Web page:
China also believes that the US pre-emptive strike capabilities coupled with the damage limitation capabilities and missile defences, pose a threat to the survivability of Chinese nuclear forces which are mostly land-based. The threat of such capabilities will force China to increase its offensive capabilities or invest in missile defences of its own. It also believes that the developments in imagery and navigation threaten Transporter Erector Launchers (TELs) and that the growing sophistication of anti-submarine technologies is a major threat to the noisy Chinese submarines. Additionally, Artificial Intelligence (AI) and cyberspace are also becoming increasingly important fronts in modern warfare.

We will also see key players competing in the domain of hypersonic weapons. The US, Russia, and China are already developing hypersonic cruise missiles and glide vehicles. Russia has deployed Avangard glide vehicles while the US and China are closer to deploying their own.

Lately, the issue of nuclear testing has also resurfaced. The pro-testing lobby argues that the testing of critical components for a new weapons system is important to maintain reliability. It may force nations to resume testing nuclear weapons in the future. The US has already blamed China and Russia for noncompliance with zero-yield nuclear testing. Although the US has not ratified the Comprehensive Test Ban Treaty, both Russia and China have ratified.

Closer China-Russia Cooperation. The demise of the NEW START may also bring China closer to Russia against the US. Moscow has been the source of major Chinese military systems. China has procured fighter jets, missile, and air-defence systems, ballistic missiles technologies from Russia. Russia is also helping China to develop an early warning system for missile attacks. In the future, Russia may provide China some crucial technologies it is struggling with. For example, China has built fifth-generation stealth fighter however the major issue remains a credible engine for it. It has relied on Russian Saturn AL-31 engines to power the J-20 until the work on the domestic WS-15 engines is completed. President Putin has also claimed that Moscow is helping Beijing in developing a missile defence system to enhance Chinese defence capability.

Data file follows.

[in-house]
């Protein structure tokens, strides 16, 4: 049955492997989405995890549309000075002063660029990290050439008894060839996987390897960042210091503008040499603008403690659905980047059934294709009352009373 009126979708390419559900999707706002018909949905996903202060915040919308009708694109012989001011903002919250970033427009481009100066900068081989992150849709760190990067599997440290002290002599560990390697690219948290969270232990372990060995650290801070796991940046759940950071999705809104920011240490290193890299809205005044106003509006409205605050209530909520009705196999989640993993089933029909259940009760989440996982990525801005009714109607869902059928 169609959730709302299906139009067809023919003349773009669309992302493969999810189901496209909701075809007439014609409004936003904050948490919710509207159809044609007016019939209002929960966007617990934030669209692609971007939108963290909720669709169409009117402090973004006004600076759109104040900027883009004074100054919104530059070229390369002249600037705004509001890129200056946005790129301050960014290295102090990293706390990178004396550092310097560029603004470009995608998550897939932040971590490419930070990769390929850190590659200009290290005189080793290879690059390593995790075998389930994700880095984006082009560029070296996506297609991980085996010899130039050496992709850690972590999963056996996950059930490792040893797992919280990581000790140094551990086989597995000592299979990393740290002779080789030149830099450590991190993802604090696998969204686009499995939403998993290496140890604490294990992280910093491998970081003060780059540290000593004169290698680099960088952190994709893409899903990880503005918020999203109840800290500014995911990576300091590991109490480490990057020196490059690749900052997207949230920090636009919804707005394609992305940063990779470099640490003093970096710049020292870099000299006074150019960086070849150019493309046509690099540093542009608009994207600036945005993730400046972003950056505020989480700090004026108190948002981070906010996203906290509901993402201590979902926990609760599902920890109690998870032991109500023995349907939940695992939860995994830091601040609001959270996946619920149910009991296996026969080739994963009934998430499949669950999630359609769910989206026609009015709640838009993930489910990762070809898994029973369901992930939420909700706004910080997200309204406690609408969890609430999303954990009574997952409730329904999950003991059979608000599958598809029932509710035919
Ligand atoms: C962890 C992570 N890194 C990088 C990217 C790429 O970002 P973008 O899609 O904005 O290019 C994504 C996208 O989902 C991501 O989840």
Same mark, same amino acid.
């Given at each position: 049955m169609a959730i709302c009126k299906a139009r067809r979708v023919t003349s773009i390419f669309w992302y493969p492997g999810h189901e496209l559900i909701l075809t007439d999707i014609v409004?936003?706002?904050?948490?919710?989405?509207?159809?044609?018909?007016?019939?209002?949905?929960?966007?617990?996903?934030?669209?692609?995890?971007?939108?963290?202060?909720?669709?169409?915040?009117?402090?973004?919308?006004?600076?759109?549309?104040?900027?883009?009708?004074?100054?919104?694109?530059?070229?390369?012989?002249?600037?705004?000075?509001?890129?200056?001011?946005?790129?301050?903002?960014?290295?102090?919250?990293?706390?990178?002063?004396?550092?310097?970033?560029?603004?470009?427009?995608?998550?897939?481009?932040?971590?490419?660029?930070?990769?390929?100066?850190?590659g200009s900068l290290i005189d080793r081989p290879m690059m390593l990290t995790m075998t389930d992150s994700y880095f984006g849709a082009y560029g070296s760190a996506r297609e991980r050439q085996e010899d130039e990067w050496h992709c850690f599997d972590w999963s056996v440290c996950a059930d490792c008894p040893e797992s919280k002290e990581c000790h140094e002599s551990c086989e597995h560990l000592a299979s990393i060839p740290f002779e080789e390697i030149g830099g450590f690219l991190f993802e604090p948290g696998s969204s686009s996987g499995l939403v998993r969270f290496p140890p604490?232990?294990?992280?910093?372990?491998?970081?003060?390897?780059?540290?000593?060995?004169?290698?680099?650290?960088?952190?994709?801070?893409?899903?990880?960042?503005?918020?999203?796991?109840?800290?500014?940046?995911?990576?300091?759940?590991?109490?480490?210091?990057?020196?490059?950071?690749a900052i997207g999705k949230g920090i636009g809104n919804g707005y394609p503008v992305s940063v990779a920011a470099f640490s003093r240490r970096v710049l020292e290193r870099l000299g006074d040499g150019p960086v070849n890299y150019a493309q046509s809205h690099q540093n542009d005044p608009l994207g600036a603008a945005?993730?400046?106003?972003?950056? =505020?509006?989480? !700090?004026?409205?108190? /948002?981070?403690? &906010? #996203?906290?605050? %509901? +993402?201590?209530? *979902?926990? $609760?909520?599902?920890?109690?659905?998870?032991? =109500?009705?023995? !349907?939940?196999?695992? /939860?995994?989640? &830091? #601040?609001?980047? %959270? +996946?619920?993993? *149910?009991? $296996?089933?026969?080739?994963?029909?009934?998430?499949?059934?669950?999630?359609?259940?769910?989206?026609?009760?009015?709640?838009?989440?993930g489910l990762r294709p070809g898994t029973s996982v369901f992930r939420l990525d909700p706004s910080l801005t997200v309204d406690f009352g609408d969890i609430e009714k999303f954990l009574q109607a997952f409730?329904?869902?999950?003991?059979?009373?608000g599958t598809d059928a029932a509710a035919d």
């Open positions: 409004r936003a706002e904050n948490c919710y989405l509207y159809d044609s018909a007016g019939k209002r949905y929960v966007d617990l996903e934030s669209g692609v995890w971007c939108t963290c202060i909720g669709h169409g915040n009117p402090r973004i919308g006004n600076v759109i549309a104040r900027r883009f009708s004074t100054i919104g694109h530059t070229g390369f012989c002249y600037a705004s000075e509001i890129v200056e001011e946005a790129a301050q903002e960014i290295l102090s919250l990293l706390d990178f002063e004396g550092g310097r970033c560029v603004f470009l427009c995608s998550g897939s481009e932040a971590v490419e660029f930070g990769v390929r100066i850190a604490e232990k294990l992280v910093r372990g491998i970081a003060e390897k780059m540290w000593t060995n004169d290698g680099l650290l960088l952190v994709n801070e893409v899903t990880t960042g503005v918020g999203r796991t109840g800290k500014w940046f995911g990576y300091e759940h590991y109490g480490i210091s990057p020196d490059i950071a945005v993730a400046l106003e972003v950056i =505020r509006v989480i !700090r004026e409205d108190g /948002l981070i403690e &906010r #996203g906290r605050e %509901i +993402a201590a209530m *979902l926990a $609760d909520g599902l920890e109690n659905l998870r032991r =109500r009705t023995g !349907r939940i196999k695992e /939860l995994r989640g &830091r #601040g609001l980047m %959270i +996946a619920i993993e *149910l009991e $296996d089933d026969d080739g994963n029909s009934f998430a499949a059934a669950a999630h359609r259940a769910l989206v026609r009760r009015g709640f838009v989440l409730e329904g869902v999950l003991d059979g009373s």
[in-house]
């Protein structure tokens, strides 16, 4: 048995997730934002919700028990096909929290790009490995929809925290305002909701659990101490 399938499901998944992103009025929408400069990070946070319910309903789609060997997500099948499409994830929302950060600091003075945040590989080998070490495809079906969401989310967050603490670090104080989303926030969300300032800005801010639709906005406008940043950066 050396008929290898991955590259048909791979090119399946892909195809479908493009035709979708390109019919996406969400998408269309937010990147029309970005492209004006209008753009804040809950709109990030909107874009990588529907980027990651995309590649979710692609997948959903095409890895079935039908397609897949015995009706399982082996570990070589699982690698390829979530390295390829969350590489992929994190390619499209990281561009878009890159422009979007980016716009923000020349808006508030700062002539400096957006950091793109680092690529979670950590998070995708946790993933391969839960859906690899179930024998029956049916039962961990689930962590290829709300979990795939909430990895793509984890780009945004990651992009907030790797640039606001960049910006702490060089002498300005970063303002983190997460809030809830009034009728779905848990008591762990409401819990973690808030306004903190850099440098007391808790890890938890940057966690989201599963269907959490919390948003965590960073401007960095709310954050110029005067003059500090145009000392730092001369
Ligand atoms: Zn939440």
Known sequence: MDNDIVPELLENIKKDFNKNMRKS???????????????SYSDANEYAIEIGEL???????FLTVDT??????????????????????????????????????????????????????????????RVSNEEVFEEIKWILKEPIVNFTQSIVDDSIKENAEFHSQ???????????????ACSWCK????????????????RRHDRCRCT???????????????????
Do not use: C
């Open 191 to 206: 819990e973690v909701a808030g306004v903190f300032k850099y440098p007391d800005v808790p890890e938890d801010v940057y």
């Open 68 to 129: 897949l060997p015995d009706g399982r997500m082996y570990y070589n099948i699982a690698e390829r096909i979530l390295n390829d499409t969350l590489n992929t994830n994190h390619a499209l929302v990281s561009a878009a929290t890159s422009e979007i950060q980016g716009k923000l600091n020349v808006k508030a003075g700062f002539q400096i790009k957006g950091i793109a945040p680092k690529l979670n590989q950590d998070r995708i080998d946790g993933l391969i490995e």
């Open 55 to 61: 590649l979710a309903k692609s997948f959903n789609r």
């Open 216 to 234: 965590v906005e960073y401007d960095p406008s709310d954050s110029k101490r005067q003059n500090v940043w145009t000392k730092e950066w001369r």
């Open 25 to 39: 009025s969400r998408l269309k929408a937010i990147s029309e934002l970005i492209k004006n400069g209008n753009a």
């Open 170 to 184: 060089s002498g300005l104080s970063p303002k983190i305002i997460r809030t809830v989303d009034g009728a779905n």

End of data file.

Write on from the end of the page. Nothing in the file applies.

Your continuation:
Closer Russian Chinese cooperation is also indicated by the fact that Russia has not sought to bring China in talks on arms control. Russia has not attached any pre-condition for the extension of the NEW START. It has called to include Briton and France along with China as part of multilateral talks on nuclear arms control and disarmament issues.Strengthening Alliances. Another major implication of the demise of arms control agreements will be Asia becoming the centre of the competition. The US continues developing defence ties with Taiwan, Japan, South Korea, Australia, and India. US cooperation with its allies will increase further after a degree of arms race starts with China. China will also increase its cooperation with its regional allies mainly with Southeast Asian and Central Asian countries.

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About Samran Ali 7 Articles
Samran Ali is Research Assistant at the Center for International Strategic Studies, Islamabad. He can be reached at @Samranali6 on Twitter.